A flurry of meteors will soon dash across the heavens, a celestial light show that will be followed up by an even more impressive astronomical event in the coming weeks.
The Southern Delta Aquarids and Alpha Capricornids will peak simultaneously centered around the night of Sunday, July 30, into the early morning of Monday, July 31. However, it will not be a one-night-only event.
Both meteor showers have plateaulike peaks that last for about a week centered around the night of July 30, according to the American Meteor Society (AMS), meaning any night at the end of July or the start of August will offer views of shooting stars. This is much different than many other meteor showers that peak over the course of just one or two nights.
The two long-running meteor showers will combine for 15 to 20 meteors per hour, including the chance to spot a few incredibly bright meteors known as fireballs.
However, there will be some competition in the night sky at the end of July.
A nearly full moon will rise Sunday night, emitting moonlight that will wash out many of the dimmer meteors. For the best chance at spotting shooting stars, experts recommend viewing the Southern Delta Aquarids and Alpha Capricornids after 3 a.m., local time, when the moon sets.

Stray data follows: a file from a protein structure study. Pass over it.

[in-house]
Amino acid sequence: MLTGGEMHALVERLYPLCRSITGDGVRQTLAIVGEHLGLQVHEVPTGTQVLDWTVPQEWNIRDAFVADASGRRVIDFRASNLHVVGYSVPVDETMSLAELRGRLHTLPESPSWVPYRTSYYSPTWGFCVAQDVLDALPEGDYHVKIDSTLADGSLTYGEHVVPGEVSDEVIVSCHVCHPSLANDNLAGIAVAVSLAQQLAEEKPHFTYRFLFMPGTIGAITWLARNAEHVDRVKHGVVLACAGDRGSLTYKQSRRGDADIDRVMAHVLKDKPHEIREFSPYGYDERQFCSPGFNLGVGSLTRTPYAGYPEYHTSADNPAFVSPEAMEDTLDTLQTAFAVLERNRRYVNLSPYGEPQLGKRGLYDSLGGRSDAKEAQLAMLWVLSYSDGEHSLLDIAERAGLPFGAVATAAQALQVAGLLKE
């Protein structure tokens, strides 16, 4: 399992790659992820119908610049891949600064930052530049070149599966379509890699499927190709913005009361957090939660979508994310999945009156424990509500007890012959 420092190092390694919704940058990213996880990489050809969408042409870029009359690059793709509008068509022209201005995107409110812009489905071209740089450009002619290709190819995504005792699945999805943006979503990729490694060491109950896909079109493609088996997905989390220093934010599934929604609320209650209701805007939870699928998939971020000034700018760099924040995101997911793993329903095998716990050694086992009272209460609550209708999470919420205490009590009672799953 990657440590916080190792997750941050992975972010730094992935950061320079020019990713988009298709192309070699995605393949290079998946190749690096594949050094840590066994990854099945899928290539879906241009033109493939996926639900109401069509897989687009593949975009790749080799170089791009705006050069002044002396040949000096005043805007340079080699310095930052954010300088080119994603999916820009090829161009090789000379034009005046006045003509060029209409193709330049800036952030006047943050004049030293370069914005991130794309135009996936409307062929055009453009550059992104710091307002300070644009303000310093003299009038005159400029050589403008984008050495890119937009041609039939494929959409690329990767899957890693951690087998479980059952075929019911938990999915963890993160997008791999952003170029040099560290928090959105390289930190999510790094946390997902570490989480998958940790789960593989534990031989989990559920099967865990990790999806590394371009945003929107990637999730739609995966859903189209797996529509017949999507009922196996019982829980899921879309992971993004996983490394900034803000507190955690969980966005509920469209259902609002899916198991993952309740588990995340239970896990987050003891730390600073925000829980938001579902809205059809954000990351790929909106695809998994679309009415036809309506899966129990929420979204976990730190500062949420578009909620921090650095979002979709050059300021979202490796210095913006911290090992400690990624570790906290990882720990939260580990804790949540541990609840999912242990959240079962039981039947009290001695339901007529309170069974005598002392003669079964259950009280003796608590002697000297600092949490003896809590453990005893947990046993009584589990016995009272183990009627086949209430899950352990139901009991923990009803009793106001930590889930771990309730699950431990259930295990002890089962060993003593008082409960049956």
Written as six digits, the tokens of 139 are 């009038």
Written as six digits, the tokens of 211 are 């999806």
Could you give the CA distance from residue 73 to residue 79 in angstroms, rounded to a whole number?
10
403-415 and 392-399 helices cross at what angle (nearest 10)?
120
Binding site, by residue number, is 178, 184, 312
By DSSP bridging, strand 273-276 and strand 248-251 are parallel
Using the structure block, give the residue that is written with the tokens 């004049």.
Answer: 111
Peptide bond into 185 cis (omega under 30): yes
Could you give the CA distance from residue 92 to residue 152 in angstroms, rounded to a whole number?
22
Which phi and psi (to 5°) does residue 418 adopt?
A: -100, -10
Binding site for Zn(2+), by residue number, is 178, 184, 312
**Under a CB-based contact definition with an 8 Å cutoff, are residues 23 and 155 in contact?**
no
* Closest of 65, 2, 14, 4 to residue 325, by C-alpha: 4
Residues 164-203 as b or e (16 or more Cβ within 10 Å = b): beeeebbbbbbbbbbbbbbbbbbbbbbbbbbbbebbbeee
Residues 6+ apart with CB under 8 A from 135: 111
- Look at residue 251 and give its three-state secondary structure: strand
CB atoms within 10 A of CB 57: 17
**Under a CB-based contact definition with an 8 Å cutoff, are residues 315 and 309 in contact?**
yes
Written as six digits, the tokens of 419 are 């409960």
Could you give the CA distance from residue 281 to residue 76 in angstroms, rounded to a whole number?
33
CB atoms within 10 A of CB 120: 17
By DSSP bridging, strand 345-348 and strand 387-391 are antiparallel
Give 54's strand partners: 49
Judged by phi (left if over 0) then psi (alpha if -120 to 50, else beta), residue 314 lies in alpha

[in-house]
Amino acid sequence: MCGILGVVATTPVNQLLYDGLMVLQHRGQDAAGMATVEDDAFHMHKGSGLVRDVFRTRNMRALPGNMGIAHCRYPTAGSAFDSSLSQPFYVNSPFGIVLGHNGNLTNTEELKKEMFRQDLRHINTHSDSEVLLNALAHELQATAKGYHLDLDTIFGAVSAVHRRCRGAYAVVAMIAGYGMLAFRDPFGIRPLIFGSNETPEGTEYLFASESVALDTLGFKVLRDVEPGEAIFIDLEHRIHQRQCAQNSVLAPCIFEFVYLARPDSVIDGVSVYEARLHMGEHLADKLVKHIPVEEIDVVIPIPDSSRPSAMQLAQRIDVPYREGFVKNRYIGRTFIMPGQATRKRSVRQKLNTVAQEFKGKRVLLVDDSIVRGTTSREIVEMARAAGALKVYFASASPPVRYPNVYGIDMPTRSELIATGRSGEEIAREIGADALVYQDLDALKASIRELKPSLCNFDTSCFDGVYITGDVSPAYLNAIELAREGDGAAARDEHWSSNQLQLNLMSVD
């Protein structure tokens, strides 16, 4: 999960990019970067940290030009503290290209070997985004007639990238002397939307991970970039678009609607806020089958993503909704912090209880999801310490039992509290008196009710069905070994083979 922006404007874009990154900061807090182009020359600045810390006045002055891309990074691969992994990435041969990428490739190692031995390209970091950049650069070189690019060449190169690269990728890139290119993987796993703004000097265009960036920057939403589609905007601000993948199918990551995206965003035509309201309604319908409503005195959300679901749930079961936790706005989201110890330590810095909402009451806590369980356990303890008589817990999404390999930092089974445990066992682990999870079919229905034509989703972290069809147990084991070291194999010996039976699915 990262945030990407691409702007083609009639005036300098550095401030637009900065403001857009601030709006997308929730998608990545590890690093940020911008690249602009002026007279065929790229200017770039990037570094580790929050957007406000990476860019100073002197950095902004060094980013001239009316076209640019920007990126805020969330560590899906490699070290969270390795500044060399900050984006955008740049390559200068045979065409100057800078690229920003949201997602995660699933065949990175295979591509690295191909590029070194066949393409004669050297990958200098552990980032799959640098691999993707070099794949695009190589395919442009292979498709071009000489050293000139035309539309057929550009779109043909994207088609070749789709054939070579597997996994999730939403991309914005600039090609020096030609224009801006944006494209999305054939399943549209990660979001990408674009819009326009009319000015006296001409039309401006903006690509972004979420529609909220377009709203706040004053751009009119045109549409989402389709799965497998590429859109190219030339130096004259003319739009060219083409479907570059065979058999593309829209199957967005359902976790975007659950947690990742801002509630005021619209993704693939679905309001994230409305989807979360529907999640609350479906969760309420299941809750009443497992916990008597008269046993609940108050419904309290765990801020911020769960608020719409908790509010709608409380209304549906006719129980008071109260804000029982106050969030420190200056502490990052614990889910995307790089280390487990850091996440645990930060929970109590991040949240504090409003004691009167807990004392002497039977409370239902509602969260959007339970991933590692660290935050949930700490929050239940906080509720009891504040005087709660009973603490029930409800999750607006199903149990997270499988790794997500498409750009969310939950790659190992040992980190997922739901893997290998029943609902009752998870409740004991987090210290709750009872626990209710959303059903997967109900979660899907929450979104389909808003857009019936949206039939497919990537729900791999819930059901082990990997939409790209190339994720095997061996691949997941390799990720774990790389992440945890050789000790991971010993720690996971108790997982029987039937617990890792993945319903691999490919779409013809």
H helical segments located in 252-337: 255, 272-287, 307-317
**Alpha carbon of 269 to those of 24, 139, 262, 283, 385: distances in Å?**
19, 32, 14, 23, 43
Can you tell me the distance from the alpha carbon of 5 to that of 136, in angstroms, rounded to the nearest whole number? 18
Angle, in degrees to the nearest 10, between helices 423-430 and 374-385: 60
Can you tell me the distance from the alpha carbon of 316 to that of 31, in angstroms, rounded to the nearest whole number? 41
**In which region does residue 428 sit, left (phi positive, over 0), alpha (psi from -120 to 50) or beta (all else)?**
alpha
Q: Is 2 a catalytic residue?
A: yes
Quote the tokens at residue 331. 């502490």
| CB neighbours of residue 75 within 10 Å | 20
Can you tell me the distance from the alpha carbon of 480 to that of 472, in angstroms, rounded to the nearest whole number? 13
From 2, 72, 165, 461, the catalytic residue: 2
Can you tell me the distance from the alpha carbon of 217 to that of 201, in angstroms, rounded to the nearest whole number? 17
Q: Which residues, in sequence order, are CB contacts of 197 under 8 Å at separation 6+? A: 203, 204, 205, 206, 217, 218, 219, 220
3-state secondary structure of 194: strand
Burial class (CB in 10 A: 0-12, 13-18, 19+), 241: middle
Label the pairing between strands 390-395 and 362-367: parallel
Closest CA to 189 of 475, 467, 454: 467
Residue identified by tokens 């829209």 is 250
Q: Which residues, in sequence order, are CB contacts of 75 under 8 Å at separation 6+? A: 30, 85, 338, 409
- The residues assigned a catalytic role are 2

Meteors may still appear in the sky before the moon sets but will be best seen in darker areas of the sky where the moon is out of sight.
It’s not just the moon that could impede viewing conditions but also Mother Nature.
Favorable weather is in the offing Sunday night and early Monday morning from the Gulf Coast to the Northeast and into the Canadian provinces of Ontario and Quebec. Mainly cloud-free conditions are also in the forecast for the Pacific Northwest, Northern and Central California and parts of the Plains.
Weather will be more problematic for stargazers across the Rocky Mountains, Desert Southwest and areas of the Midwest, where cloudy conditions will obscure the sky throughout most of the night.
Since the pair of meteor showers have extended peaks, people who have a cloudy weather forecast for Sunday night can check the forecast for the nights before and nights after the peak and go meteor hunting on a night when the weather is more favorable.
The dueling meteor showers at the end of July will be an appetizer for stargazers ahead of an even more impressive astronomical event in mid-August.
The peak of the Perseid meteor shower will boast up to 100 shooting stars per hour on the weekend night of Saturday, Aug. 12, into the early hours of Aug. 13. The moon will not hinder viewing conditions like the Southern Delta Aquarids and Alpha Capricornids at the end of July, making it a good year for the annual August sky event.
The Perseid meteor shower is touted as one of the best annual meteor showers not just due to its abundance of meteors but also the mild summer nights that create comfortable stargazing conditions.
Produced in association with AccuWeather
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